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Associations lobby over exclusion of shared ownership buyers from stamp duty cut

Housing associations have approached government to seek changes to the stamp duty cut after warnings that it currently excludes many shared ownership buyers.

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Stop excluding shared ownership buyers from stamp duty savings, associations say #ukhousing

Associations lobby government over shared ownership exclusion from stamp duty cut #ukhousing

Dialogue opens over stamp duty rules which exclude many shared ownership buyers #ukhousing

The government axed Stamp Duty Land Tax for first-time buyers purchasing properties of up to £300,000 in the headline move of the Autumn Budget.

And today prime minister Theresa May boasted that more than 16,000 buyers have saved money due to the cut since it was introduced in November.

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But many shared ownership buyers – particularly in London – will miss out on the savings because it is calculated according to the full value of the property.

For example, a buyer purchasing half of a £500,000 home in the capital will still pay around £2,500 in stamp duty despite purchasing only £250,000 of equity.

It is understood housing providers have approached the Homes and Communities Agency (HCA) and government to discuss alterations to the scheme and are hopeful of opening a dialogue.

Amy Nettleton, assistant development director at Aster Group and chair of the National Housing Group, said: “The end of Stamp Duty Land Tax on certain homes is a relief for many first-time buyers on the open market. For years this has been consistently highlighted as a blocker for those trying to get their foot on the ladder.

“The move gives thousands of pounds worth of relief for each homebuyer and it was one of many signs in the Budget that the government recognises the flaws in the market. However, failing to extend this measure to shared ownership could seriously impede the work going on to champion these homes. This is something the entire industry needs to be concerned about.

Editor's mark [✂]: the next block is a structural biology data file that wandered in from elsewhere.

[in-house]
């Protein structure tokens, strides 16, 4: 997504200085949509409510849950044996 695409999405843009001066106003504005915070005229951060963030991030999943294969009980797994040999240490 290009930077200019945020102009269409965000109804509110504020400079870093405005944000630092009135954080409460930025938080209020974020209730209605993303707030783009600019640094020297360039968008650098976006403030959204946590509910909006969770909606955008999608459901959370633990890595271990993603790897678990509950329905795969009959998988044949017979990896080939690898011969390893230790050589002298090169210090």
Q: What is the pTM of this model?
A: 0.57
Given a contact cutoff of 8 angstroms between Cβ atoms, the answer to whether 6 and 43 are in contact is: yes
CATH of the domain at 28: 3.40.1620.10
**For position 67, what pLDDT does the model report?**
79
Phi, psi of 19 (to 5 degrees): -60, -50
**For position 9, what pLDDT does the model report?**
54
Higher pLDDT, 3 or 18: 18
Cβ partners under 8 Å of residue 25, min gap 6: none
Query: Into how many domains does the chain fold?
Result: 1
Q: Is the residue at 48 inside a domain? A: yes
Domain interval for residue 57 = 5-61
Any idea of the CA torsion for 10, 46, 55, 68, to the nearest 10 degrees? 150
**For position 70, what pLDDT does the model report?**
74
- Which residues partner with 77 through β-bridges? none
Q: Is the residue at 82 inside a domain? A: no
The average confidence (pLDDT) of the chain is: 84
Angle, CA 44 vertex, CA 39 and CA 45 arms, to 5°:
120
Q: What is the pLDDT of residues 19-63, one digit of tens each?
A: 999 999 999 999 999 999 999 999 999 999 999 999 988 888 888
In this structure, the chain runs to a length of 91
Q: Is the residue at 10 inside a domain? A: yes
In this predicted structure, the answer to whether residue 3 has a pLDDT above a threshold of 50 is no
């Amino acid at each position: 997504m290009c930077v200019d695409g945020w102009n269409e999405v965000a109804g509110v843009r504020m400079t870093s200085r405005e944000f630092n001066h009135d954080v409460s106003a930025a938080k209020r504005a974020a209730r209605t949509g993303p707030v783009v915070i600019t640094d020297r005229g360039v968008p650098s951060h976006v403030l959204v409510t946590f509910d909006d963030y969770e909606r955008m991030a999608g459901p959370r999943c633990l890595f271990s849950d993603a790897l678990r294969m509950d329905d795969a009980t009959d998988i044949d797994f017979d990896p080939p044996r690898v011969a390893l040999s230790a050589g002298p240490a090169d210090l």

“For us, the key thing that shared ownership provides is another choice – important in a market where so many are stuck and unable to find the right solution for them. As a flexible option, it can cater to a range of different circumstances and could address the core affordability issue in many areas. But without the same tax break as open market homes, shared ownership will continue to be viewed by some as a ‘last resort’ rather than a viable option.”


Currently, shared ownership purchasers can chose to pay stamp duty on either the full market value of their new home or just the share they are purchasing.

But the cut announced in the Autumn Budget only applies to buyers using the full market valuation route.

This would allow buyers purchasing a home with a total value of less than £300,000 to benefit from the cut. However, when the full property exceeds £300,000 stamp duty will be collected – even if it is calculated by the value of the share.

Shared ownership is marketed particularly at buyers who would struggle to raise the initial cash for homeownership – such as the deposit and stamp duty costs.


  • Investment of £44bn in housebuilding in capital funding, loans and guarantees over the next five years to boost supply of skills, resources and land
  • Commitment to be building 300,000 homes a year by mid-2020s
  • £1.5bn package of changes to Universal Credit announced. This includes the scrapping of the seven-day waiting period at the beginning of a claim, making a full month’s advance available within five days of a claim for those that need it and allowing claimants on housing benefit to continue claiming for two weeks
  • Lift council borrowing caps in "high-demand areas"
  • A £125m increase over two years in Targeted Affordability Funding for Local Housing Allowance claimants in the private sector struggling to pay their rent
  • New money into Home Builders Fund
  • Extra £2.7bn for Housing Infrastructure Fund
  • Invest £400m in estate regeneration
  • £1.1bn on unlocking strategic sites
  • Stamp duty for first time buyers on properties worth up to £300k will be axed, while the first £300k on properties worth up to £500k will also be scrapped
  • Three new Housing First pilots announced for West Midlands, Manchester and Liverpool
  • Councils to be given the power to charge 100% council tax premium on empty properties
  • Government will launch a consultation to barriers to longer tenancies in the private rented sector
  • £38m for Kensington & Chelsea Council for mental health and counselling services, regeneration projects in areas surrounding Grenfell Tower and a new community space
  • Invest in five new garden towns
  • £125m increase in Targeted Affordability Funding for Local Housing Allowance claimants in the private sector struggling to pay rent

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